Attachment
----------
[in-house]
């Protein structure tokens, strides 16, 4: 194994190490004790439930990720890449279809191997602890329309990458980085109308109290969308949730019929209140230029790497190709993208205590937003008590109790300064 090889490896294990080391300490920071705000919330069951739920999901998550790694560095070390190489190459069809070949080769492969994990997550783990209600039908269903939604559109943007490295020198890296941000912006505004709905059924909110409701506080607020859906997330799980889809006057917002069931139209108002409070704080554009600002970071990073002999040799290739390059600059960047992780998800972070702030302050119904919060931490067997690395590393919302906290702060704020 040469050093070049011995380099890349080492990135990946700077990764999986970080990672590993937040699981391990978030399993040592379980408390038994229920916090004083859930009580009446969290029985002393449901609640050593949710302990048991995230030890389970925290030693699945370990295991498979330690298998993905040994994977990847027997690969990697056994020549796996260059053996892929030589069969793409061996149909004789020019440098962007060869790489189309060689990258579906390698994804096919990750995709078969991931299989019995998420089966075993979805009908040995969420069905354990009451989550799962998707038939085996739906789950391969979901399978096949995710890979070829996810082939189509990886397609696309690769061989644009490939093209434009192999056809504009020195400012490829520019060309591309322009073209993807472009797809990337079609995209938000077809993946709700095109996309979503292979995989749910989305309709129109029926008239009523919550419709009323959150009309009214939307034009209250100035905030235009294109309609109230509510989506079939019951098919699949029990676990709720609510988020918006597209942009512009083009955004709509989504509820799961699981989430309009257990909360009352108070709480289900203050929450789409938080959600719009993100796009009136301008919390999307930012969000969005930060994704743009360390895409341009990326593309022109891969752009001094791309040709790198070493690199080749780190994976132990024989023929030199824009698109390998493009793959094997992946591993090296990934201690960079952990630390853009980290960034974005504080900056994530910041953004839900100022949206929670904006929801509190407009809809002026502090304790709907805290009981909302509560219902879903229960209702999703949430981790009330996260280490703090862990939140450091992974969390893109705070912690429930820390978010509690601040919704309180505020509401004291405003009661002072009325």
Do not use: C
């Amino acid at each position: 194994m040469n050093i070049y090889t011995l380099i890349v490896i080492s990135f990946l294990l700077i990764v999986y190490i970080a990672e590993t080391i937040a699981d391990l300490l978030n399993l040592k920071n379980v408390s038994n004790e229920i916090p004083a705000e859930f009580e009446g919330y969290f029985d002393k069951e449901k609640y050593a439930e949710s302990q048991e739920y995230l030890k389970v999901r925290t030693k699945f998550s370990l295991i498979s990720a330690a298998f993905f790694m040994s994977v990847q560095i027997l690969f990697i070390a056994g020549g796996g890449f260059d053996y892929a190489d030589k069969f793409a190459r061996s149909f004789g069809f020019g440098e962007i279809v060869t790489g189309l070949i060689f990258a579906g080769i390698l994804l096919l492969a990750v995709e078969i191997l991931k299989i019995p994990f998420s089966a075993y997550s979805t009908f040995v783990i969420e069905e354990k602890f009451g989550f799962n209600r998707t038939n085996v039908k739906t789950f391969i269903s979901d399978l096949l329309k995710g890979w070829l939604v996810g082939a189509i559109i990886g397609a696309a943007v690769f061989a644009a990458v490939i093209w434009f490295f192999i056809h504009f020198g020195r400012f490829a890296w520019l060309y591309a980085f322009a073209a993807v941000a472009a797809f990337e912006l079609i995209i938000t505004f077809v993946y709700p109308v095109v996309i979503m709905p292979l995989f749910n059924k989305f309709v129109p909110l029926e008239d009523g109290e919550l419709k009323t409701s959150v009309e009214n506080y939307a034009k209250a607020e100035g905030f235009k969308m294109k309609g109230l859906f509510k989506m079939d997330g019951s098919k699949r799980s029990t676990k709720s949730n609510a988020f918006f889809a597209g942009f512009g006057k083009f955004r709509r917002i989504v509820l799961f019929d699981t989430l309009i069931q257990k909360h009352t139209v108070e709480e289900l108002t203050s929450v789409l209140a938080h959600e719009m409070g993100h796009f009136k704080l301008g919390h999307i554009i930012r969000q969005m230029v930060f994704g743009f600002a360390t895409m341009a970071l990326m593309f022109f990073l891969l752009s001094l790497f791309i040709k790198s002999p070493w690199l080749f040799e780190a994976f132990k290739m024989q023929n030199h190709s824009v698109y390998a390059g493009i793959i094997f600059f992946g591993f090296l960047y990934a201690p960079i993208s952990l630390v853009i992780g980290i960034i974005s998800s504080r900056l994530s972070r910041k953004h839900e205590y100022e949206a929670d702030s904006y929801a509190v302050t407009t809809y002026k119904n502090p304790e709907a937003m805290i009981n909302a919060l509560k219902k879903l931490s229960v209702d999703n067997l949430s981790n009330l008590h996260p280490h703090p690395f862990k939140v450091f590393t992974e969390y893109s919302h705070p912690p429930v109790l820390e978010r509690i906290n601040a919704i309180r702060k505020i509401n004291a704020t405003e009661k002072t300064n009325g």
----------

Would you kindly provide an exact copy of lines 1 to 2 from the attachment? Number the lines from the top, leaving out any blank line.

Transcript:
[in-house]
């Protein structure tokens, strides 16, 4: 194994190490004790439930990720890449279809191997602890329309990458980085109308109290969308949730019929209140230029790497190709993208205590937003008590109790300064 090889490896294990080391300490920071705000919330069951739920999901998550790694560095070390190489190459069809070949080769492969994990997550783990209600039908269903939604559109943007490295020198890296941000912006505004709905059924909110409701506080607020859906997330799980889809006057917002069931139209108002409070704080554009600002970071990073002999040799290739390059600059960047992780998800972070702030302050119904919060931490067997690395590393919302906290702060704020 040469050093070049011995380099890349080492990135990946700077990764999986970080990672590993937040699981391990978030399993040592379980408390038994229920916090004083859930009580009446969290029985002393449901609640050593949710302990048991995230030890389970925290030693699945370990295991498979330690298998993905040994994977990847027997690969990697056994020549796996260059053996892929030589069969793409061996149909004789020019440098962007060869790489189309060689990258579906390698994804096919990750995709078969991931299989019995998420089966075993979805009908040995969420069905354990009451989550799962998707038939085996739906789950391969979901399978096949995710890979070829996810082939189509990886397609696309690769061989644009490939093209434009192999056809504009020195400012490829520019060309591309322009073209993807472009797809990337079609995209938000077809993946709700095109996309979503292979995989749910989305309709129109029926008239009523919550419709009323959150009309009214939307034009209250100035905030235009294109309609109230509510989506079939019951098919699949029990676990709720609510988020918006597209942009512009083009955004709509989504509820799961699981989430309009257990909360009352108070709480289900203050929450789409938080959600719009993100796009009136301008919390999307930012969000969005930060994704743009360390895409341009990326593309022109891969752009001094791309040709790198070493690199080749780190994976132990024989023929030199824009698109390998493009793959094997992946591993090296990934201690960079952990630390853009980290960034974005504080900056994530910041953004839900100022949206929670904006929801509190407009809809002026502090304790709907805290009981909302509560219902879903229960209702999703949430981790009330996260280490703090862990939140450091992974969390893109705070912690429930820390978010509690601040919704309180505020509401004291405003009661002072009325």